Master of the Game: Henry Kissinger and the Art of Middle East Diplomacy

Martin Indyk. Knopf, $30 (672p) ISBN 978-1-101-94754-8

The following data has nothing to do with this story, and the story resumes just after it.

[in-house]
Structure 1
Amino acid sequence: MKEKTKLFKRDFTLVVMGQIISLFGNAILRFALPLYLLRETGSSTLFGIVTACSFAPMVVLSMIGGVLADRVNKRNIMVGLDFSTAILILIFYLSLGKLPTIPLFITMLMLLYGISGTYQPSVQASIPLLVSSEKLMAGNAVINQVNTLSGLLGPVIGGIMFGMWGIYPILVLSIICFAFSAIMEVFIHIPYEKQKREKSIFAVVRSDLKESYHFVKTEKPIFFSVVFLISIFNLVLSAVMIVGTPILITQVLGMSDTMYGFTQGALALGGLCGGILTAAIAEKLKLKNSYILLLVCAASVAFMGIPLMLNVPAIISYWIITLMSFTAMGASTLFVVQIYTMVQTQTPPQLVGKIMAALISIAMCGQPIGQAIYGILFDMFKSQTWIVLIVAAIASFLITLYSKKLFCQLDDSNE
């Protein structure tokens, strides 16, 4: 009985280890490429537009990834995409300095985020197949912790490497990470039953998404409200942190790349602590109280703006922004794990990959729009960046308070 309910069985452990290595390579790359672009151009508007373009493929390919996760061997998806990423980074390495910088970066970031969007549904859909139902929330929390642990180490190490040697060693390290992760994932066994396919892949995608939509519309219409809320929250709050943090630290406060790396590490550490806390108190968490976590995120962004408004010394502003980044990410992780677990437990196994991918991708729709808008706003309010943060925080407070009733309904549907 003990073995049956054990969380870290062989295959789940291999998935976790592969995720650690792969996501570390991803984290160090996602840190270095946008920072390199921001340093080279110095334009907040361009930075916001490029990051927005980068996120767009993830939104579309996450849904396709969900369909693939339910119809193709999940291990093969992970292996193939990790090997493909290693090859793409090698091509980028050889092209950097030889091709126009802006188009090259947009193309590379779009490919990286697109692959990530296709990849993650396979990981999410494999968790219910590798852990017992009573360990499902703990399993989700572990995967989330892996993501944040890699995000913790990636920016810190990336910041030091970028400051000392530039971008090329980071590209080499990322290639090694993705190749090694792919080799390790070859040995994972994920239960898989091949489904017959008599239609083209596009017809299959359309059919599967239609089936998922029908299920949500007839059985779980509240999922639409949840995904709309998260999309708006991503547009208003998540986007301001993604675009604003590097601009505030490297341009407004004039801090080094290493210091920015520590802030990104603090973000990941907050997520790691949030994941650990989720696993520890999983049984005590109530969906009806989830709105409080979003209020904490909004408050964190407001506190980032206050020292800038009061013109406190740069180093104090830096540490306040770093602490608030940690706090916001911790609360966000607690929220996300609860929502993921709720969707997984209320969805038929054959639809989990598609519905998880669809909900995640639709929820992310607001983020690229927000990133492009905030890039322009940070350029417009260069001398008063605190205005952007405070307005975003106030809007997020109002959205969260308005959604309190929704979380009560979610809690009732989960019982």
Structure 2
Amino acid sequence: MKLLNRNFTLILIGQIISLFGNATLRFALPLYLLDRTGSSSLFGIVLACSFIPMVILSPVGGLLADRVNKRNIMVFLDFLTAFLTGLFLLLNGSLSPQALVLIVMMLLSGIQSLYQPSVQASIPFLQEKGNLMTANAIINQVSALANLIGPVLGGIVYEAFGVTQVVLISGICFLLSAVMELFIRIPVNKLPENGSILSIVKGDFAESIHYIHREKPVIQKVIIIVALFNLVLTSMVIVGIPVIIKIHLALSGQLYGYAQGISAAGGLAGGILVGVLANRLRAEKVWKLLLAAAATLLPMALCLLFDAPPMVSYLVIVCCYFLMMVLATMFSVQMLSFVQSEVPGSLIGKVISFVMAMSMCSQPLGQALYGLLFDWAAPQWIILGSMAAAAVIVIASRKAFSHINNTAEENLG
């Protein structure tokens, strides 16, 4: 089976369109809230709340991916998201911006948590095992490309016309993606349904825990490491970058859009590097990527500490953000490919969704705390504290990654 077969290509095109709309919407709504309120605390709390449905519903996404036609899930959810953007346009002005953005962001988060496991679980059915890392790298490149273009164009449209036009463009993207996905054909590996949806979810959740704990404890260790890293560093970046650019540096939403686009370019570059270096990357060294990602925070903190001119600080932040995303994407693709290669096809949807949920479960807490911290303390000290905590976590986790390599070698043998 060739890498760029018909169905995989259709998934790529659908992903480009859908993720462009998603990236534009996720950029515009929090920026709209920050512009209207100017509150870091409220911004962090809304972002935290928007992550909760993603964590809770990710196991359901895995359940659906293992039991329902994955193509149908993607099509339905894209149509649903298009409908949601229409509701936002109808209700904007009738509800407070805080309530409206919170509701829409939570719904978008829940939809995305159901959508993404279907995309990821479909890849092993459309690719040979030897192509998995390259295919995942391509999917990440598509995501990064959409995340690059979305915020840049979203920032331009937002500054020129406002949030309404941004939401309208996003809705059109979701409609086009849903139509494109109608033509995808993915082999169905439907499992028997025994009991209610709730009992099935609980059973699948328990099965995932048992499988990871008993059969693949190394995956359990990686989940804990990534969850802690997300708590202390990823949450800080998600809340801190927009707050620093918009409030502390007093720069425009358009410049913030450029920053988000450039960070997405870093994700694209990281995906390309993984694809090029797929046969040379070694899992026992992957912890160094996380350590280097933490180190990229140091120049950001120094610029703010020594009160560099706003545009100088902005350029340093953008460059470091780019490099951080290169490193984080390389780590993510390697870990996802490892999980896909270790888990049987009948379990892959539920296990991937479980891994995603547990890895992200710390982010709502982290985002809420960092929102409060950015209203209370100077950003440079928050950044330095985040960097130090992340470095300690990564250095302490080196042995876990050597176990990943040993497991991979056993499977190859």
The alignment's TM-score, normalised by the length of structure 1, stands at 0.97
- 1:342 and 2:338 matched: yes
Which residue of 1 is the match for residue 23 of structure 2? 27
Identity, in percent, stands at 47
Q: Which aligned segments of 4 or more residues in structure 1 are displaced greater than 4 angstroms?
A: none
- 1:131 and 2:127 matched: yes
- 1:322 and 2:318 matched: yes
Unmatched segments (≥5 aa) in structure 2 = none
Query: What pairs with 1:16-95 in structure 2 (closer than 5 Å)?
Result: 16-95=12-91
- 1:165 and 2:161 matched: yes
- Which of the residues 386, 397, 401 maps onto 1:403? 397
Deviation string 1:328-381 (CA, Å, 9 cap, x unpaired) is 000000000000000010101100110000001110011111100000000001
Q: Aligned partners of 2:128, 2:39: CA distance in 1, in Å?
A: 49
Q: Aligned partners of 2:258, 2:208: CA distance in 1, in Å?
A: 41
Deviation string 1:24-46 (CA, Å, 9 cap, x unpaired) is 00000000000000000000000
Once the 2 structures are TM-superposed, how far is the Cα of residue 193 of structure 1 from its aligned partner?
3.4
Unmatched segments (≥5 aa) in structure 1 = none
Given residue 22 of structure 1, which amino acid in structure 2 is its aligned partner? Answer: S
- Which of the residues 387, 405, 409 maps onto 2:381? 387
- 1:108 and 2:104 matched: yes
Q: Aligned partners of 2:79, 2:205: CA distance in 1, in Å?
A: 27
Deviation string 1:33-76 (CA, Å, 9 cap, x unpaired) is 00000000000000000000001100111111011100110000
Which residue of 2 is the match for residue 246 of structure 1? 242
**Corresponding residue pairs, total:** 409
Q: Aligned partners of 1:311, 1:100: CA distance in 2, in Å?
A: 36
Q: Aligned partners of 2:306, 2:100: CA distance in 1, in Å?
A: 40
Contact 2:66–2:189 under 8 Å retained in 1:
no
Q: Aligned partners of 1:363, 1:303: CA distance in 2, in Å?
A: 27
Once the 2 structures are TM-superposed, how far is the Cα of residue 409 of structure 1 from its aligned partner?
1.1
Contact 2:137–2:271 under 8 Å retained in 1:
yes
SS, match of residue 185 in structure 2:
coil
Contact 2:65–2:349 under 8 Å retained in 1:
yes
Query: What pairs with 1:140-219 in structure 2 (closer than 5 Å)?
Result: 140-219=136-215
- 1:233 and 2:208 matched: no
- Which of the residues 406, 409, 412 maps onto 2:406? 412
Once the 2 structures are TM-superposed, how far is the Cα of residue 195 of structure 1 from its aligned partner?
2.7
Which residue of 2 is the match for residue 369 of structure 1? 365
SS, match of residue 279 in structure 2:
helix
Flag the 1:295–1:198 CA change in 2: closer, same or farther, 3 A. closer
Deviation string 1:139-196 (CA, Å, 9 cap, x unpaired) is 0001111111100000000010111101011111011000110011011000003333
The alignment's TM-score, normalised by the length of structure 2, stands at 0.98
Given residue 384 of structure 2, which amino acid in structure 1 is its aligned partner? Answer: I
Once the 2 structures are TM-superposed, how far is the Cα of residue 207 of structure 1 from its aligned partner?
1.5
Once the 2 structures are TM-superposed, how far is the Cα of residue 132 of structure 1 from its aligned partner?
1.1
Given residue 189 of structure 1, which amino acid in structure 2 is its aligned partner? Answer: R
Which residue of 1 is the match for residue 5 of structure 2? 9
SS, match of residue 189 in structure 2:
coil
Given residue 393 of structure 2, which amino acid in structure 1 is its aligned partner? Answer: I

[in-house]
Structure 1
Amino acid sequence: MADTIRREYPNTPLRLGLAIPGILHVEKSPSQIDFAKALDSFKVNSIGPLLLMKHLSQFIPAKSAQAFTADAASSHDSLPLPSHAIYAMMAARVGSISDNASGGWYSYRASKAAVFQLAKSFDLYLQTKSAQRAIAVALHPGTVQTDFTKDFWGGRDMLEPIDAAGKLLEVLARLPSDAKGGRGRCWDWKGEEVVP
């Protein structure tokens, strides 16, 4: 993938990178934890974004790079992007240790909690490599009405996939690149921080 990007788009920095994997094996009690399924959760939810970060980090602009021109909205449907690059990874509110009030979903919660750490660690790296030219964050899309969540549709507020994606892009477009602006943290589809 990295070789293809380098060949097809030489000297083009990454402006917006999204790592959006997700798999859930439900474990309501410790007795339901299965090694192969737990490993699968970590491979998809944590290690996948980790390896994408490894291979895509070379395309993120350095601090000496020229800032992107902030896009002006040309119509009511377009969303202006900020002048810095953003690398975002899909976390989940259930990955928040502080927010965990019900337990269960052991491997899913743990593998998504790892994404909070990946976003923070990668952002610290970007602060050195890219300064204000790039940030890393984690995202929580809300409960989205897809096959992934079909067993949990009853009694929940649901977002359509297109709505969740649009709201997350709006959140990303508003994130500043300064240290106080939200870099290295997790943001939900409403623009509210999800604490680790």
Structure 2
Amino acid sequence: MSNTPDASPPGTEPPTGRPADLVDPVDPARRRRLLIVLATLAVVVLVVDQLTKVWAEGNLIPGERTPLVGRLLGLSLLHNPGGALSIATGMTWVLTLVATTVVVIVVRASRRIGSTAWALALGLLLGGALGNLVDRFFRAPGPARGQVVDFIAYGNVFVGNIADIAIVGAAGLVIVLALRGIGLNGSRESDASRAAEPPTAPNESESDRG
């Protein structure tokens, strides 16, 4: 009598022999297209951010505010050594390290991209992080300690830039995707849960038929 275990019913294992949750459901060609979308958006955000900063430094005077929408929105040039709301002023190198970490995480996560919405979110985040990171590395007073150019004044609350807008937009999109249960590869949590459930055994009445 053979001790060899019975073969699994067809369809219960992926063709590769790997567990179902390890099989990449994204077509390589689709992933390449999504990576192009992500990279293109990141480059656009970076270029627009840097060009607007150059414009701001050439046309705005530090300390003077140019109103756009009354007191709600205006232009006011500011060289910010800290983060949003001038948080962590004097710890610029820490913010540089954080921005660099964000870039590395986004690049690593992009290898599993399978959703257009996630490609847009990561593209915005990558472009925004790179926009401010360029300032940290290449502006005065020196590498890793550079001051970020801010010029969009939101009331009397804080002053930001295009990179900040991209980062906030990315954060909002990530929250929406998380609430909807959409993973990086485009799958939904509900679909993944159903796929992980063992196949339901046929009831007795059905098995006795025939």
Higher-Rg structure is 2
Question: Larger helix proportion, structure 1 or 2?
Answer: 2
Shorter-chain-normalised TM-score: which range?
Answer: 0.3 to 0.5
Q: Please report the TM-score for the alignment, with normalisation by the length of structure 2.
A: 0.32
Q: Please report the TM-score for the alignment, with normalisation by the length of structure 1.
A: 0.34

U.S. Secretary of State Henry Kissinger gave a “virtuoso” performance during and after the 1973 Yom Kippur War, according to this sweeping history. Indyk (Innocent Abroad), a former U.S. ambassador to Israel and President Obama’s special envoy for Israeli-Palestinian negotiations, recreates Kissinger’s high-wire success in ending the conflict between Israel and the alliance of Egypt and Syria while balancing contradictory goals: he wanted America’s ally Israel to win, but also to restrain Israel enough to make Arab countries dump their Soviet sponsors and accept the U.S. as the region’s power broker. Indyk recaps two years of Kissinger’s shuttle diplomacy as he negotiated incremental agreements that pulled Israeli forces back from some conquered territory, a canny approach, Indyk argues, that promoted regional stability and Israel’s later peace treaty with Egypt. Drawing on his firsthand acquaintance with Middle East diplomacy and many of the principals, including Israeli prime minister Yitzhak Rabin and Jordan’s King Hussein, Indyk paints a vivid portrait of Kissinger as visionary statesman, Machiavellian operator, and occasional bumbler as he cajoles, arm-twists, and haggles over demarcation lines and diplomatic phraseology. This fascinating study illuminates both the cold logic of Kissingerian statecraft and the human factors that muddled it. Photos. (Oct.)